PEBBLE BEACH, Calif. -- A crowd of more than 100 reporters was still pouring out of the room after wrapping up an interview with Phil Mickelson when Lucas Glover replaced Mickelson behind the mike.
If it bothered the defending champion that there were only 17 scribes left when he took his first question, he didn't show it.
Life, Glover says, has not changed much since he put himself in an exclusive club last June -- a major-championship winner after slogging through five rainy days at Bethpage to take the U.S. Open.
Winning a big one may have spruced up the 30-year-old South Carolinian's resume, but it didn't much change his outlook, or the amount of attention he gets.
"Life got a little busier, phone rang a little bit more," Glover said. "I signed a few more autographs, but nothing too crazy. And that's probably the way I would want it and would like it to stay."
Glover hadn't finished among the top 20 in money winners before his signature victory last year. The win erased some of the issues that follow most young journeymen -- keeping the tour card, getting invited to majors -- but it did nothing to put him in the company of Mickelson, Tiger Woods, Adam Scott or any of the other PGA Tour players who double as sports celebrities.
Not that Glover is looking for that.
"I've always tried to focus on working on my weaknesses and getting better," he said. "And I didn't see a point in changing me or my golf swing or anything like that."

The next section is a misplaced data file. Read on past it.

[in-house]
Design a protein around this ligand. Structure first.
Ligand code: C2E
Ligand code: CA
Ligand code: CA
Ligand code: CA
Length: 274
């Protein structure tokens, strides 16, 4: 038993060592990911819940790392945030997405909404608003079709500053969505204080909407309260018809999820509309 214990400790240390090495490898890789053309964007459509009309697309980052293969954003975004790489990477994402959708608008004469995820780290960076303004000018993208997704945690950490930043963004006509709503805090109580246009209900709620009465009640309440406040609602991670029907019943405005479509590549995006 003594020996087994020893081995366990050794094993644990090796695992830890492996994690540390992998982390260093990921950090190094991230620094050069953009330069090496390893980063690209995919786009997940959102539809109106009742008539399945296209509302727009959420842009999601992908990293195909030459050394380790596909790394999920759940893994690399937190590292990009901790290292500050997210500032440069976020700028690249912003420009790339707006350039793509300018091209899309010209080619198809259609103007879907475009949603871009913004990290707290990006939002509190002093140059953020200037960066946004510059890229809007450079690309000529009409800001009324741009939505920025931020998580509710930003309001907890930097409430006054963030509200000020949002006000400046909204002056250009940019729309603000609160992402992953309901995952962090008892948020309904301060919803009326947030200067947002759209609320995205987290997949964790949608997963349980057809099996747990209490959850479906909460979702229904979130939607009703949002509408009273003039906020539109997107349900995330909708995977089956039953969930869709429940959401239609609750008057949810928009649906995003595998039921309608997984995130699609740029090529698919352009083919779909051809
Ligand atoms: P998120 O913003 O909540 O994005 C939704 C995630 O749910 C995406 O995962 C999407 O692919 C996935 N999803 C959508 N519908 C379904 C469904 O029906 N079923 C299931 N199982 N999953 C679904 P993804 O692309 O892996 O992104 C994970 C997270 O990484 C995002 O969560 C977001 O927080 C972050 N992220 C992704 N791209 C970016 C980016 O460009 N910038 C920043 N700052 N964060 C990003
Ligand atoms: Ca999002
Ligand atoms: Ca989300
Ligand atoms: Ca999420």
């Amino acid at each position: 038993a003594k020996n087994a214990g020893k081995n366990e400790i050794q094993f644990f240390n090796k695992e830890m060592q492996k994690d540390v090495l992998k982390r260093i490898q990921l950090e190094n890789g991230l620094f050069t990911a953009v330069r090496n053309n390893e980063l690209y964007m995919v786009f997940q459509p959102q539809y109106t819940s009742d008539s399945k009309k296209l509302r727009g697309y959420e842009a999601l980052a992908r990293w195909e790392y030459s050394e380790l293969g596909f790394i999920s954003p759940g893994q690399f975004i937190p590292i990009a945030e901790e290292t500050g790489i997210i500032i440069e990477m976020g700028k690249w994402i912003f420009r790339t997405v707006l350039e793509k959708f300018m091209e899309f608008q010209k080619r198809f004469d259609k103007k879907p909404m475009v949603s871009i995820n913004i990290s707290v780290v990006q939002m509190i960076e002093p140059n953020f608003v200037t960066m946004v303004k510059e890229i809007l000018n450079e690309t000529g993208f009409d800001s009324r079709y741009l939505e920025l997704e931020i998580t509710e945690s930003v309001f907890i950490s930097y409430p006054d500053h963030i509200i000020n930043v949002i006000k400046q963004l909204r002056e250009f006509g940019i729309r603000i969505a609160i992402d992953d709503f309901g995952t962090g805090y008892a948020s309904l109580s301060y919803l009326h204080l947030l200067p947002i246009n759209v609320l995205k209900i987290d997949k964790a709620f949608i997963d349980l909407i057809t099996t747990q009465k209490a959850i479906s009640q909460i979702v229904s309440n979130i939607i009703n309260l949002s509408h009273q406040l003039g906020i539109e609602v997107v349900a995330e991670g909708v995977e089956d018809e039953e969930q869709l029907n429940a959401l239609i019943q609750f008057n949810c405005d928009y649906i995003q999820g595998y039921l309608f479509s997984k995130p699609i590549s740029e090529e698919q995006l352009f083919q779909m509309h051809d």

The Glover win was part of a strange 2009 at the majors -- a year where the runners-up, in many ways, made bigger news than the winners.
Y.E. Yang stood toe to toe with Woods at the PGA Championship and became the first player to beat Woods after he had led entering the final round of a major.
Stewart Cink broke the heart of 59-year-old Tom Watson and golf fans everywhere at the British.
Angel Cabrera beat out Chad Campbell and 48-year-old fan favorite Kenny Perry at the Masters.
Glover was steady over five days of rain and muck at Bethpage and beat out Mickelson and David Duval, the former world No. 1 who came in ranked 882nd and, like Mickelson, held a share of the lead on the back nine.
It marked Glover's second career victory, and though he hasn't won since, he did finish third at The Players Championship last month, yet another sign that he can no longer be ignored.
He opened last year at Bethpage with a double-bogey. He knew the only way to recover at a U.S. Open, "the toughest test in golf," was to stay patient, which he did -- all the way through his 3-over 73 in the final round that was good enough to seal the win. Anticlimactic? Maybe. But for Glover, it was a sign of how far he'd come.
"Had that been two or three years ago, I don't think I would have even recovered and made the cut," he said of his double-bogey start. "But that was from working between the ears a little bit, and just realizing that it had to be that way to succeed."
The game plan will almost certainly have to be the same this year.
The tournament is being held at Pebble Beach, but this is hardly the same course that hosts an annual PGA Tour stop -- the famous AT&T National Pro-Am -- every February.
The rough is growing, the greens are drying out. The wind off the Pacific blew during practice rounds Tuesday, foreshadowing the threat of a speedy, greenish-brown course where club selection will be difficult. Players could need anything from a 6-iron to a sand wedge at the famous, downhill, 109-yard, par-3 seventh.
"You just have to understand that it's a long haul," Woods said. "It's a long grind. It's different than most major championships. You're not going to make a lot of birdies and the whole idea is to not make any big numbers because it's hard to get them back."
Woods, of course, set the standard for U.S. Open success 10 years ago -- here at Pebble Beach.
In a nearly flawless week of golf, he shot 12-under par and won by 15 strokes -- a couple of records that don't figure to be matched anytime soon.